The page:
Middle East Respiratory Syndrome Coronavirus
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In September 2012, the World Health
Organization (WHO) announced the discovery of a novel coronavirus. This
virus has been named the Middle East Respiratory Syndrome Coronavirus
(MERS-CoV). MERS-CoV is a serious respiratory disease with common
symptoms in patients that include fever, cough, shortness of breath, and
breathing difficulties. Most patients have had pneumonia. Some patients
present with gastrointestinal illness prior to the onset of respiratory
symptoms. About half of people infected with MERS-CoV have died. The
virus has been shown to spread between people who are in close contact.
It can also spread from infected patients to healthcare personnel. No
travel warnings or restrictions have been issued related to MERS-CoV.
The U.S. Centers for Disease Control and Prevention (CDC) is
recommending surveillance and testing for individuals who have
unexplained severe respiratory illness and a history of travel to
countries in the Arabian Peninsula or neighboring countries. These
countries include: Bahrain, Iran, Iraq, Israel, Jordan, Kuwait, Lebanon,
Palestinian territories, Oman, Qatar, Saudi Arabia, Syria, the United
Arab Emirates, and Yemen*.
Information for health professionals
Interim Local Health Departments MERS-CoV investigation
Interim Infection Prevention and Control Recommendations for
Hospitalized Patients with MERS-CoV
- Testing for novel coronavirus
At present, PCR testing of specimens for the novel coronavirus
is available in Wisconsin only at the Wisconsin State Laboratory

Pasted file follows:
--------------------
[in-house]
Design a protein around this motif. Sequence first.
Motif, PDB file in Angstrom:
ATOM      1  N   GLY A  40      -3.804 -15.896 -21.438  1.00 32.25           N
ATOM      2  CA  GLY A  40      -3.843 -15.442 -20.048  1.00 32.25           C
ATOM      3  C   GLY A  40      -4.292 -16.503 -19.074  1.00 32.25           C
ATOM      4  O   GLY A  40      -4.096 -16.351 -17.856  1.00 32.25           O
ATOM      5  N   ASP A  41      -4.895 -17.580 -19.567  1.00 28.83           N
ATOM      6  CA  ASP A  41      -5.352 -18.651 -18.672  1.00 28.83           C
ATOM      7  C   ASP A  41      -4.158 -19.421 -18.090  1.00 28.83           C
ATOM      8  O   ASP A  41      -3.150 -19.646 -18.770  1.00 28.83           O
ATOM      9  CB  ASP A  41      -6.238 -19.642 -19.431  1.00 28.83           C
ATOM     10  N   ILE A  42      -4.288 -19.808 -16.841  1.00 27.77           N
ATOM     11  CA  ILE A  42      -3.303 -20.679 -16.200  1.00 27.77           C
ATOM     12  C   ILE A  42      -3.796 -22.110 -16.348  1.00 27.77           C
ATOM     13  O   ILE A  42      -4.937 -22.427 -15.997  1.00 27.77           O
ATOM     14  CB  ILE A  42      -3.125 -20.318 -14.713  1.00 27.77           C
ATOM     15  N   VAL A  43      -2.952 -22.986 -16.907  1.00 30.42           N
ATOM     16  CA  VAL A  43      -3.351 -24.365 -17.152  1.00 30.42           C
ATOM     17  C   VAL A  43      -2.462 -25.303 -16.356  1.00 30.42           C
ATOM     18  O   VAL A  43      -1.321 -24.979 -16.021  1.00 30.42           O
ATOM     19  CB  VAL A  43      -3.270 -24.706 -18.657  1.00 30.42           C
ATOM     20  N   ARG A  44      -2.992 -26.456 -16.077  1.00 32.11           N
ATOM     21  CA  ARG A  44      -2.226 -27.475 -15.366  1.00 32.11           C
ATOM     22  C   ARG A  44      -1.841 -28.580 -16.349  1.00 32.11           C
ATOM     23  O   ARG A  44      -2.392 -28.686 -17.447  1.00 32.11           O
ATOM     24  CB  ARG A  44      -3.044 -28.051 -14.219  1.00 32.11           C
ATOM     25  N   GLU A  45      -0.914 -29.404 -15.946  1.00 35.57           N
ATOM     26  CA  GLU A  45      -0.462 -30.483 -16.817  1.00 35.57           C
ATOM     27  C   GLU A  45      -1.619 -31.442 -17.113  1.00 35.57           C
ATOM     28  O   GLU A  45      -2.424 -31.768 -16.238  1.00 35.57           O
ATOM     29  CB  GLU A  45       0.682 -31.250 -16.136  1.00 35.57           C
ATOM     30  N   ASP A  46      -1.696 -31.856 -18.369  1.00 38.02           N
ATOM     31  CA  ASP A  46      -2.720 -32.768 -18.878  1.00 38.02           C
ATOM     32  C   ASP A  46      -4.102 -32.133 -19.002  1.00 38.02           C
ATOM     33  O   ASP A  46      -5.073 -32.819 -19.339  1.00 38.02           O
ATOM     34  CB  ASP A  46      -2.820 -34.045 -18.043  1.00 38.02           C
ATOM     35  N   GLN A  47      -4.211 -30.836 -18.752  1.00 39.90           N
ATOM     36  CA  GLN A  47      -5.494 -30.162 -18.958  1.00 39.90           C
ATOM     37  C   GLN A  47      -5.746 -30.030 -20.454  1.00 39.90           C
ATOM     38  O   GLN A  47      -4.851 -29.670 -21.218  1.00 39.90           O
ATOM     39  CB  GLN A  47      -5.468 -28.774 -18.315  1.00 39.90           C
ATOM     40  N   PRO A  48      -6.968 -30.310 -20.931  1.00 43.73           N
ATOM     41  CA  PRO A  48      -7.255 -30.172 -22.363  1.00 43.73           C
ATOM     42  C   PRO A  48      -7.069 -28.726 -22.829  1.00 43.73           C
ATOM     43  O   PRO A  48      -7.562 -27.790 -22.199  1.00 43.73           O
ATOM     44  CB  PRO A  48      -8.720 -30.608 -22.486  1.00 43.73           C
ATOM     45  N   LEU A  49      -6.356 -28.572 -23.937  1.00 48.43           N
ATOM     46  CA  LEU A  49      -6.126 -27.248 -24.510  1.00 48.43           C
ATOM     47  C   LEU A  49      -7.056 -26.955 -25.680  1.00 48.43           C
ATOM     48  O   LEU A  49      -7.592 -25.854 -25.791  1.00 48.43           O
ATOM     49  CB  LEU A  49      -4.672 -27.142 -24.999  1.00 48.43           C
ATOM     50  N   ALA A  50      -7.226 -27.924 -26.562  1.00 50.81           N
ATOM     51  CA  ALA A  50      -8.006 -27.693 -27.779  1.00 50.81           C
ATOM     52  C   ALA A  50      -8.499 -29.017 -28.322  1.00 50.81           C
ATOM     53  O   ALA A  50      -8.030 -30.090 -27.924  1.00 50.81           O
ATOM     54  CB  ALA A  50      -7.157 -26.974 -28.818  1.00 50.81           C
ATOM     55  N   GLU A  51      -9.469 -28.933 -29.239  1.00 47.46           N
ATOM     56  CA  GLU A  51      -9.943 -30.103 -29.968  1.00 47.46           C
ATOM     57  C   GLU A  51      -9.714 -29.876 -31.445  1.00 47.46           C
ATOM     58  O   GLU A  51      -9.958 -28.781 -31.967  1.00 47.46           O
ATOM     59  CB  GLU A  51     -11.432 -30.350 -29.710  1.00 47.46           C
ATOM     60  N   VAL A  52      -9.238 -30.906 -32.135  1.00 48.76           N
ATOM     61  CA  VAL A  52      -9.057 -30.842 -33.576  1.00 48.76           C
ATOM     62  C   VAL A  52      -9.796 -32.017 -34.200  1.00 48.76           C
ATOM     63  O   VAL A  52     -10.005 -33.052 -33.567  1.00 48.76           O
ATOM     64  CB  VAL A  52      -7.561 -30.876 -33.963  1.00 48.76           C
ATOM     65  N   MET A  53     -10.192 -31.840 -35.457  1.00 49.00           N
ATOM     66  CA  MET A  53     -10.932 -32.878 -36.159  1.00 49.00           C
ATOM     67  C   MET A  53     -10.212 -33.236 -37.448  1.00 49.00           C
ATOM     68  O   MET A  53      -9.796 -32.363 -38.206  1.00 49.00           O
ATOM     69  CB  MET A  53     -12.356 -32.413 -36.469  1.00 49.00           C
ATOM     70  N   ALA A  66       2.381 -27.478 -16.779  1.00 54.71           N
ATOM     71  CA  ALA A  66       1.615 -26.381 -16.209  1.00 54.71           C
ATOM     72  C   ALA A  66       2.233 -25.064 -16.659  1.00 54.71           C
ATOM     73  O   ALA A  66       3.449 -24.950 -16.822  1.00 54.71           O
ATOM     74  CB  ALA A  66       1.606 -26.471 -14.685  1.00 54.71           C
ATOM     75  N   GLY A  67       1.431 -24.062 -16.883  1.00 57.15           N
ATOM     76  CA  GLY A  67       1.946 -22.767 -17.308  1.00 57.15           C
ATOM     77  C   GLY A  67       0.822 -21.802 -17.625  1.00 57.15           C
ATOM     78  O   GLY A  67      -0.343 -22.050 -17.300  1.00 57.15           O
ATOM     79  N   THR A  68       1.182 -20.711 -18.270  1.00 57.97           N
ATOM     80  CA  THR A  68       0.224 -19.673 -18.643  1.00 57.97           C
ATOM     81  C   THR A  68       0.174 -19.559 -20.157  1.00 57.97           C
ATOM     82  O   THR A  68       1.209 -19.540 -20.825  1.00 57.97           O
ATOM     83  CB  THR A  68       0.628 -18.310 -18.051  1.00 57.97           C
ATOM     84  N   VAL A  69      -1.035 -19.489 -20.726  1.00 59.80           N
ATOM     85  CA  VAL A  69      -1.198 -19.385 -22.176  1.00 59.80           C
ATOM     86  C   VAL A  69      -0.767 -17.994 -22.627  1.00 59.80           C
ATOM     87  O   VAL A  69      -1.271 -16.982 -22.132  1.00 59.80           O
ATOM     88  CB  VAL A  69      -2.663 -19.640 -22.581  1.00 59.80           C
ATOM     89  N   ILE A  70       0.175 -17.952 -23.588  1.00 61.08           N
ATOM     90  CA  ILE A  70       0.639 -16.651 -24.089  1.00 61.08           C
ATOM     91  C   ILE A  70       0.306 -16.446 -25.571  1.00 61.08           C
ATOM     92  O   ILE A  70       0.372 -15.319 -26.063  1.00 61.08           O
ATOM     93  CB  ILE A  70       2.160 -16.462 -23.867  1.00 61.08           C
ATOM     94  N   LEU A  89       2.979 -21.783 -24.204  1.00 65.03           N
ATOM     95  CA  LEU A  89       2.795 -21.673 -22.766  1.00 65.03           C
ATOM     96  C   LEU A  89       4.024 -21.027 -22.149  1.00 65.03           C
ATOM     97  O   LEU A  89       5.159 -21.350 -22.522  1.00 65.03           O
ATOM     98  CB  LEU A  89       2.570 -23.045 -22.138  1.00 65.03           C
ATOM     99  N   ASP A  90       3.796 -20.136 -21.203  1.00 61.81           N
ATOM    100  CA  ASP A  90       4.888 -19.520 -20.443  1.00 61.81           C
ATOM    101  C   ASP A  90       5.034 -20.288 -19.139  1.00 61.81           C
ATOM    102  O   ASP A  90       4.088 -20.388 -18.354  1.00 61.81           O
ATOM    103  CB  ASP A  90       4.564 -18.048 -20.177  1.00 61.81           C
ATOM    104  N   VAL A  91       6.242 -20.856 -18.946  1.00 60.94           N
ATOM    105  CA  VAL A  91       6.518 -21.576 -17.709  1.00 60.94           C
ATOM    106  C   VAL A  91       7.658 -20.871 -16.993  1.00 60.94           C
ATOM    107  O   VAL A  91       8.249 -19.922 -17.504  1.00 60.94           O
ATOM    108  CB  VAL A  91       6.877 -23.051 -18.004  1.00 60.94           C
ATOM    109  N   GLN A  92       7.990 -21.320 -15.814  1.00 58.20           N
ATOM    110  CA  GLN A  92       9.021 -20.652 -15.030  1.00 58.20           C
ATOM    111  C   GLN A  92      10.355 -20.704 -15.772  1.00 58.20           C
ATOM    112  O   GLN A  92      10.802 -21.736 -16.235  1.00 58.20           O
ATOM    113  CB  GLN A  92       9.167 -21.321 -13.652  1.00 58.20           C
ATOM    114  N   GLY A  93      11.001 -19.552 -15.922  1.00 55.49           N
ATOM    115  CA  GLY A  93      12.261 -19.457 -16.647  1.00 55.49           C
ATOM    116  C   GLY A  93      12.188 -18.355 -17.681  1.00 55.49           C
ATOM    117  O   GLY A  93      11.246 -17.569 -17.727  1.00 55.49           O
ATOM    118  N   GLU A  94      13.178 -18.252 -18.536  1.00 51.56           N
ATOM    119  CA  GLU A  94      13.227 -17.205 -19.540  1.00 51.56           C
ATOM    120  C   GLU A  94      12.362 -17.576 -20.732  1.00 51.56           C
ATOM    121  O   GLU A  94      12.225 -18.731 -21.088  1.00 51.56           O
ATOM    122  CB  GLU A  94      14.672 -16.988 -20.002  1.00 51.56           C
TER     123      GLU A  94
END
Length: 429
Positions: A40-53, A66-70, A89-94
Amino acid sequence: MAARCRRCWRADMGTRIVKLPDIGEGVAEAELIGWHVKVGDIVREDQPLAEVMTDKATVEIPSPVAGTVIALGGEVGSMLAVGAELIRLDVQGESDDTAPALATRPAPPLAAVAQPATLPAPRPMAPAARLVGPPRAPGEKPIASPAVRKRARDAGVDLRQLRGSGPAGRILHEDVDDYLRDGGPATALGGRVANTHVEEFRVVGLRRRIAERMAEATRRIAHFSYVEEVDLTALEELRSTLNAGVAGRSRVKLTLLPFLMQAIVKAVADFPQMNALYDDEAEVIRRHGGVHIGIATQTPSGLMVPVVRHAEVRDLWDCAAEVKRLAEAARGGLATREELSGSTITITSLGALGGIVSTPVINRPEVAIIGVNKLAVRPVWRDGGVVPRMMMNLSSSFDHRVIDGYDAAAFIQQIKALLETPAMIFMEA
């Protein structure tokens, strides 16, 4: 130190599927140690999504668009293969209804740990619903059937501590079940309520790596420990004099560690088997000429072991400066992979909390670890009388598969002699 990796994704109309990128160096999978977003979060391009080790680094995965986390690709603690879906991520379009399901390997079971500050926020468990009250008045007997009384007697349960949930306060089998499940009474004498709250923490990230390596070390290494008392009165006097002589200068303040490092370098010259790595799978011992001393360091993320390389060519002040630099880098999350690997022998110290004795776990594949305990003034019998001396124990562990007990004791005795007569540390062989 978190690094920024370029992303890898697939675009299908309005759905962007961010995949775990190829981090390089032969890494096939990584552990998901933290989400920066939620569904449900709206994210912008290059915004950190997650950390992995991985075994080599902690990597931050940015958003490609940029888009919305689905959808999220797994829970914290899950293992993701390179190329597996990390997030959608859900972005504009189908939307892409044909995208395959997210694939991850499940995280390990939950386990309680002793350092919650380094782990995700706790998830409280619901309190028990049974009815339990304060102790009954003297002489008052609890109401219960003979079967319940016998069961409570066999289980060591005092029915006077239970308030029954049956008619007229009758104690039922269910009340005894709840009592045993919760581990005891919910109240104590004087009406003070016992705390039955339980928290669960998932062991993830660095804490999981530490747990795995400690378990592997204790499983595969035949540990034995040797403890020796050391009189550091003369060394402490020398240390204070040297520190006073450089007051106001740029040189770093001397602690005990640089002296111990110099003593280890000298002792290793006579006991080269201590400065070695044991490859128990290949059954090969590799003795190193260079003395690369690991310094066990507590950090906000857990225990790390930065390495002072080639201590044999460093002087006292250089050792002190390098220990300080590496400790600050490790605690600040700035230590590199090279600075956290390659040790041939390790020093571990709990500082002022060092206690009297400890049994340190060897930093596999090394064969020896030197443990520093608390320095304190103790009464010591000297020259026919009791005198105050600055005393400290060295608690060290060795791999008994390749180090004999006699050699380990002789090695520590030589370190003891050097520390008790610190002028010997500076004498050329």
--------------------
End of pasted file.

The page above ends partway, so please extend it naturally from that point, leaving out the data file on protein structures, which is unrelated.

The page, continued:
of Hygiene (WSLH) and also at the CDC. Currently available diagnostic
tests for other corona viruses are not suitable for detecting
this new virus.
To increase the likelihood of detecting MERS-CoV, CDC
recommends collection of specimens from different sites--for
example, a nasopharyngeal swab and a lower respiratory tract
specimen such as (induced) sputum, bronchoalveolar lavage,
bronchial wash, or tracheal aspirate. Lower respiratory tract
specimens should be a priority for collection and polymerase
chain reaction (PCR) testing.
In addition, stool specimens should be collected but are of
lower priority. The Wisconsin Division of Public Health
will approve test requests to be performed at the WSLH if a
patient meets the criteria described below.
Patient under investigation (PUI)
A person with an acute respiratory infection,
which may include fever (≥ 100.4°F) and cough;
Suspicion of pulmonary parenchymal disease (e.g.,
pneumonia or acute respiratory distress syndrome based on clinical
or radiological evidence of consolidation);
History of travel from the Arabian Peninsula or
neighboring countries* within 14 days prior to illness onset.
Wisconsin State Laboratory of Hygiene - Lab requisition form
Note: Because of the need for immediate implementation and strict
adherence to infection control guidelines, the Wisconsin Division of
Public Health recommends that
patients who meet the case definition of PUI, regardless of whether
another etiology is suspected or lab confirmed, be tested for the
MERS-CoV. This recommendation differs from that of the CDC.
Influenza Surveillance Coordinator
Wisconsin Division of Public Health
Bureau of Communicable Diseases and Emergency Response
(Phone 608-266-5326) (Fax 608-261-4976)
July 09, 2013